Identity

Trans Women’s Underwear Doesn’t Exist

The lack of options for simple panties are a poignant example of how deeply society actively disinvests in trans women.
March 18, 2020, 5:07pm
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Nobody makes everyday panties for trans women. There was the first-of-its-kind lingerie brand, Chrysalis, that introduced a small selection of bras and bottoms briefly, but it is now defunct. Another line of trans girl lingerie was introduced recently, Camila Liu’s GI Collection. But neither of these companies have ever offered regular old panty options: casual cotton panties, thongs, or boy shorts designed for trans women’s bodies.

The lack of options for simple panties are a poignant example of how deeply society actively disinvests in trans women. Inevitably, trans women adapt by learning from each other. We teach each other things that aren’t taught anywhere else, like how to tuck, or otherwise wear women’s clothes without showing a bulge.

Trans bodies are as diverse as any other group, but trans women tend to have penises, which no amount of styling can accommodate—at least, not well enough. Trans women have cleverly managed all these generations with no underpants made specifically for them, often by wearing panties designed for cis women, sometimes painfully tucking their genitalia between their legs, sizing down to hold a tuck in place, or wearing two pairs—artful attempts to make something that wasn’t made for us work for us.

“To be honest, I find it so stressful to buy underwear,” said Briana Silbeberg, a 27 year-old trans woman. What she finds in stores is often uncomfortable, not to mention that it functions poorly. “I've definitely bought a few pairs before that I thought would be fine and had stuff slip out, which, even if folks can't see, makes me feel ridiculous all day.” Silbeberg added that other styles she might like, such as the boyshort, has another layer of cis-normativity stitched into it that only makes the ignorance to trans bodies more distinct. “The name can be off-putting and kinda dysphoria-inducing, and weirdly inaccurate? They look nothing like boys’ underwear,” she said, “and I should know!”

The absence of underwear for trans women is, in part, a practical issue, said Gogo Graham, the acclaimed fashion designer known for her apparel created exclusively for trans women. Graham underscored the difference between lingerie and regular panty needs for trans women, explaining that lingerie is less a concern. “There's more of that for us than everyday garments,” Graham said. Graham also noted the expense of creating panties for trans women: “The cuts that hug our intimate contours affect the way we feel and function throughout the day, and the technical design of underwear I think is the biggest roadblock for us. It takes a lot of time, work and money to come up with something that really works in a functional sense, and those things haven't really been spent for comfy underwear that really works for the girls.”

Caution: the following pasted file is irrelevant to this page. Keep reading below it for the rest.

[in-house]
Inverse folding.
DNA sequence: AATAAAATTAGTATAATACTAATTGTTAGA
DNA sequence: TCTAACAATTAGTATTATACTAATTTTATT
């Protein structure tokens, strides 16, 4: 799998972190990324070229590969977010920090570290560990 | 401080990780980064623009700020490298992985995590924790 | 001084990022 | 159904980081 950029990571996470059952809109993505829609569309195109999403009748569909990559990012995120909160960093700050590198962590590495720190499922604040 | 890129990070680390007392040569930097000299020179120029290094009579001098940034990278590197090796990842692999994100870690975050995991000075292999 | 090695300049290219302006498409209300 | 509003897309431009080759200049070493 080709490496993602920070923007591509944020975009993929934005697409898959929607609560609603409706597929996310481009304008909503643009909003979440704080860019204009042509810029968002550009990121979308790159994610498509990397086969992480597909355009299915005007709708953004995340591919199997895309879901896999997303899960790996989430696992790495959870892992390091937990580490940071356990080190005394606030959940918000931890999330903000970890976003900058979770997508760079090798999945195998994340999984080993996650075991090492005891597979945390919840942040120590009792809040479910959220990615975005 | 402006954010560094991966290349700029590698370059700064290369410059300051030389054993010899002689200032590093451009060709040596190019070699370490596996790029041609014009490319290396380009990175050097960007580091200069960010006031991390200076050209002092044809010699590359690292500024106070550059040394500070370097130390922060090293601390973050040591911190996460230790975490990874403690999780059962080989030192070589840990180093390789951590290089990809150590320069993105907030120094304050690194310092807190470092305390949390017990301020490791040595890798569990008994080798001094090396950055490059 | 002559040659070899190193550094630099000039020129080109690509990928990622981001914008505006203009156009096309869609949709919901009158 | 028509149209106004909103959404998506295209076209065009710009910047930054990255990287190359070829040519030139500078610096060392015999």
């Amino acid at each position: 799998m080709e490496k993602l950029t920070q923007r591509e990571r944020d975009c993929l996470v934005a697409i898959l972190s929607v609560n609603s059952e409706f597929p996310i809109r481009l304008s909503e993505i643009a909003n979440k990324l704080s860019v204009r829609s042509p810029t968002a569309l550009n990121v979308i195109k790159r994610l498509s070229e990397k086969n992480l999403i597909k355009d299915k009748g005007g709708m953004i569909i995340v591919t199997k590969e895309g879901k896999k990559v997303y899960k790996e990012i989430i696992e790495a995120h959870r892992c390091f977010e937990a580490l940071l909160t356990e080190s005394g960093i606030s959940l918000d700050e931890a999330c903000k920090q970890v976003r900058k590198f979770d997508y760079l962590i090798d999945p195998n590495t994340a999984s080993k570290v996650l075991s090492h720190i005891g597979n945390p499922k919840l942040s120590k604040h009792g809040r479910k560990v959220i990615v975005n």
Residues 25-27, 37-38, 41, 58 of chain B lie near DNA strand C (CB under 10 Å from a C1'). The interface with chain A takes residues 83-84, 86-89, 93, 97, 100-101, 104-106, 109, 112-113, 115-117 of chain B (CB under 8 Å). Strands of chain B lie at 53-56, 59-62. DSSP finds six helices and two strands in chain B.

Silbeberg wants someone to undertake the challenge. “It would change my life,” she said. “I think we aren't considered a large enough market yet, or with enough money to move the needle, which sucks. It makes me think about how for years—and to this day—the market for clothes for trans women specifically, although more historically really for crossdressers, was fetish-based, and because of that, today, many trans women are ashamed of a lot of the clothes that have been made for us.”

Trans bodies are still culturally maligned, marginal, and minority. One trans woman VICE spoke with, Rio Sofia, felt this firsthand, while working at a fetish store in Manhattan, where they sell a variety of goods, including gaffs, an old-school thong- or jockstrap- shaped device made of synthetic fiber, designed to conceal the penis. It can be used by drag queens and crossdressers, and are sometimes tried by trans women as panties, though they remain a niche market and aren’t designed as everyday underwear. To Silbeberg’s point, the gaff exists in the fetish market.

Rio was working at the boutique one day when she realized that tax was charged on gaffs—strange, given that apparel under $110 isn’t taxed in New York state, and all of the other clothing items in the store reflected that, she said. Curious about the discrepancy, Rio asked her boss. “He said, ‘Gaffs are costumes for crossdressers, and not anything people would actually wear. People who do this have a sissy fetish—[they’re] not actual people.’ And I'm like, I'm wearing one right now.’”

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